Genomic selection and association mapping for wheat processing and end-use quality

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dc.contributor.author Battenfield, Sarah
dc.date.accessioned 2017-02-15T19:26:32Z
dc.date.available 2017-02-15T19:26:32Z
dc.date.issued 2015-12-01 en_US
dc.identifier.uri http://hdl.handle.net/2097/35219
dc.description.abstract Globally, wheat (Triticum aestivum L.) is the second most widely grown cereal grain and is primarily used as a food crop. To meet the demands for human consumption, cultivars must possess suitable end-use quality for release and acceptability. However, breeding for quality traits is often considered a secondary goal, largely due to amount of seed needed and overall expense of such testing. Without testing and selection, many undesirable materials tend to be advanced. Here we demonstrate two methods, mega-genome-wide association mapping and genomic selection, to enhance selection accuracy for quality traits in the CIMMYT bread wheat breeding program. The methods were developed using high-density SNPs detected from genotyping-by-sequencing and processing and end-use quality evaluations from unbalanced yield trial entries (n = 4,095) during 2009 to 2014, at Ciudad Obregon, Sonora, Mexico. Genome-wide association mapping, with covariates for population structure and kinship, was applied for each trait to each site-year individually and results were combined across years in a mega-analysis using an inverse variance, fixed effect model in JMP-Genomics. This method presents a new way to detect genes of interest within a breeding program and develop markers for selection of these traits, which can then be used in earlier generations. Genomic selection prediction models were developed using ridge regression, Gaussian kernel, partial least squares, elastic net, and random forest models in R. With these predictions genomic selection (GS) can be applied at earlier stages and undesirable materials culled before implementing expensive yield and quality screenings. In general, prediction accuracy increased over time as more data was available to train the model. Based on these prediction accuracies, we conclude that genomic selection can be a useful tool to facilitate earlier generation selection for end-use quality in CIMMYT bread wheat breeding. Genomic selection was conducted for processing and end-use quality traits in the Kansas hard red winter wheat breeding unit. Genomic predictions demonstrate increases in accuracy with added data over time. These data demonstrate that current genomic selection models will need more data to continue improvement in prediction accuracy. en_US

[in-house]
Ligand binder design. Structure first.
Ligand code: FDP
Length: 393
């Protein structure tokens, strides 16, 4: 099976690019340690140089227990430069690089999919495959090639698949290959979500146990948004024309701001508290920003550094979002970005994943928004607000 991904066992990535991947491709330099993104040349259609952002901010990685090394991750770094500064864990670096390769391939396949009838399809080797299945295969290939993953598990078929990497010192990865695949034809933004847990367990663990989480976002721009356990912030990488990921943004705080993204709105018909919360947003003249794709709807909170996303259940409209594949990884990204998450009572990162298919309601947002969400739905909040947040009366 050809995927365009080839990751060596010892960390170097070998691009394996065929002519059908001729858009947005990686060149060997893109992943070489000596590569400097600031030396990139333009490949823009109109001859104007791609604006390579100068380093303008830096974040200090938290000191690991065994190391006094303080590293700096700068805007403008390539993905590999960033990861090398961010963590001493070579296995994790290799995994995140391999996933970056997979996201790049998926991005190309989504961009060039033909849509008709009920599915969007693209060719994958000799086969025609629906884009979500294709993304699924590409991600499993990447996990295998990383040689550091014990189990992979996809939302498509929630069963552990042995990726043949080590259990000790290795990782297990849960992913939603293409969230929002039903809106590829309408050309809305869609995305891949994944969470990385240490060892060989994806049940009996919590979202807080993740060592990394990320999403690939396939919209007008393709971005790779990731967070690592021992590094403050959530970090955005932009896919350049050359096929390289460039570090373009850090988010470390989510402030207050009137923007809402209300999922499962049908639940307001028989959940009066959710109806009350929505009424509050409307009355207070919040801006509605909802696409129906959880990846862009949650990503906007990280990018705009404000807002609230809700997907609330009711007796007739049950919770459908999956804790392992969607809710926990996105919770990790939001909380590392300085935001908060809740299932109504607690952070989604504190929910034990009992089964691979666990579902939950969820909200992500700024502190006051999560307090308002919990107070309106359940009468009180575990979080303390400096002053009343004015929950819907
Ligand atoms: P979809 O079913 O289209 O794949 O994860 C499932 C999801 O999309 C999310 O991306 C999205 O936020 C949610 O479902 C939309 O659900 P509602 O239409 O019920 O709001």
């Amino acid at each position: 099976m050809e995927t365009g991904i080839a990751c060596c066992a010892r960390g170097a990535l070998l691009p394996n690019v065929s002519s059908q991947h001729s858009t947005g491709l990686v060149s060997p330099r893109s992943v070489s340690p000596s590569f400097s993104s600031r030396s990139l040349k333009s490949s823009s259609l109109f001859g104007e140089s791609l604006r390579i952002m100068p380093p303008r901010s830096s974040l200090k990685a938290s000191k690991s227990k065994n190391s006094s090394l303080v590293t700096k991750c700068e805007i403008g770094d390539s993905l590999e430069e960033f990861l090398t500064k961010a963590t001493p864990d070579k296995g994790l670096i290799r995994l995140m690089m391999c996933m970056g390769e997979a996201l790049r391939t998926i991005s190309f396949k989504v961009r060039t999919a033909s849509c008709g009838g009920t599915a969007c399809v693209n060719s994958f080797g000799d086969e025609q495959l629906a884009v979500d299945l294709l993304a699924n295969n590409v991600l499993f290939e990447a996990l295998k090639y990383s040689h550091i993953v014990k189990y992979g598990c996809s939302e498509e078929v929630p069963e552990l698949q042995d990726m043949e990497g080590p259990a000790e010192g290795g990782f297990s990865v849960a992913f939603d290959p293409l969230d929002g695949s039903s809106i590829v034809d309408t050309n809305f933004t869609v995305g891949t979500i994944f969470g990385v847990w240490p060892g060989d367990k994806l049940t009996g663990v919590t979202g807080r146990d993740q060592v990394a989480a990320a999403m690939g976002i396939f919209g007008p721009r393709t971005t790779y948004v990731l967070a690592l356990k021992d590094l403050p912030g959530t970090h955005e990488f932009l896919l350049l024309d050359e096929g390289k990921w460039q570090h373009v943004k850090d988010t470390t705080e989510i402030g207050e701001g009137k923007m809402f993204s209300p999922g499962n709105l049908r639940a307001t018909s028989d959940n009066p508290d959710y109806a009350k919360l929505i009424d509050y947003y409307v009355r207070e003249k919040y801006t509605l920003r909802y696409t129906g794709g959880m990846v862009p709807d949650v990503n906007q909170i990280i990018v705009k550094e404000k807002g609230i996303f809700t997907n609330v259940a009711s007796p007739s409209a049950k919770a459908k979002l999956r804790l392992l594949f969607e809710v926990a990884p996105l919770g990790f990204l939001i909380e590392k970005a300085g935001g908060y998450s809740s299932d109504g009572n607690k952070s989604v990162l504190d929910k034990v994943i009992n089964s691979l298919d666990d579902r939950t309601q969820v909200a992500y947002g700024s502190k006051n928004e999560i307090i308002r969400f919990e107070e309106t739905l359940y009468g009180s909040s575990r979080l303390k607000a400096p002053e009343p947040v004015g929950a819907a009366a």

dc.language.iso en_US en_US
dc.publisher Kansas State University en
dc.subject Wheat en_US
dc.subject Genomic selection en_US
dc.subject Prediction en_US
dc.subject Genetics en_US
dc.subject Wheat quality en_US
dc.subject Bread making en_US
dc.title Genomic selection and association mapping for wheat processing and end-use quality en_US
dc.type Dissertation en_US
dc.description.degree Doctor of Philosophy en_US
dc.description.level Doctoral en_US
dc.description.department Genetics Interdepartmental Program en_US
dc.description.advisor Allan K. Fritz en_US
dc.date.published 2015 en_US
dc.date.graduationmonth December en_US


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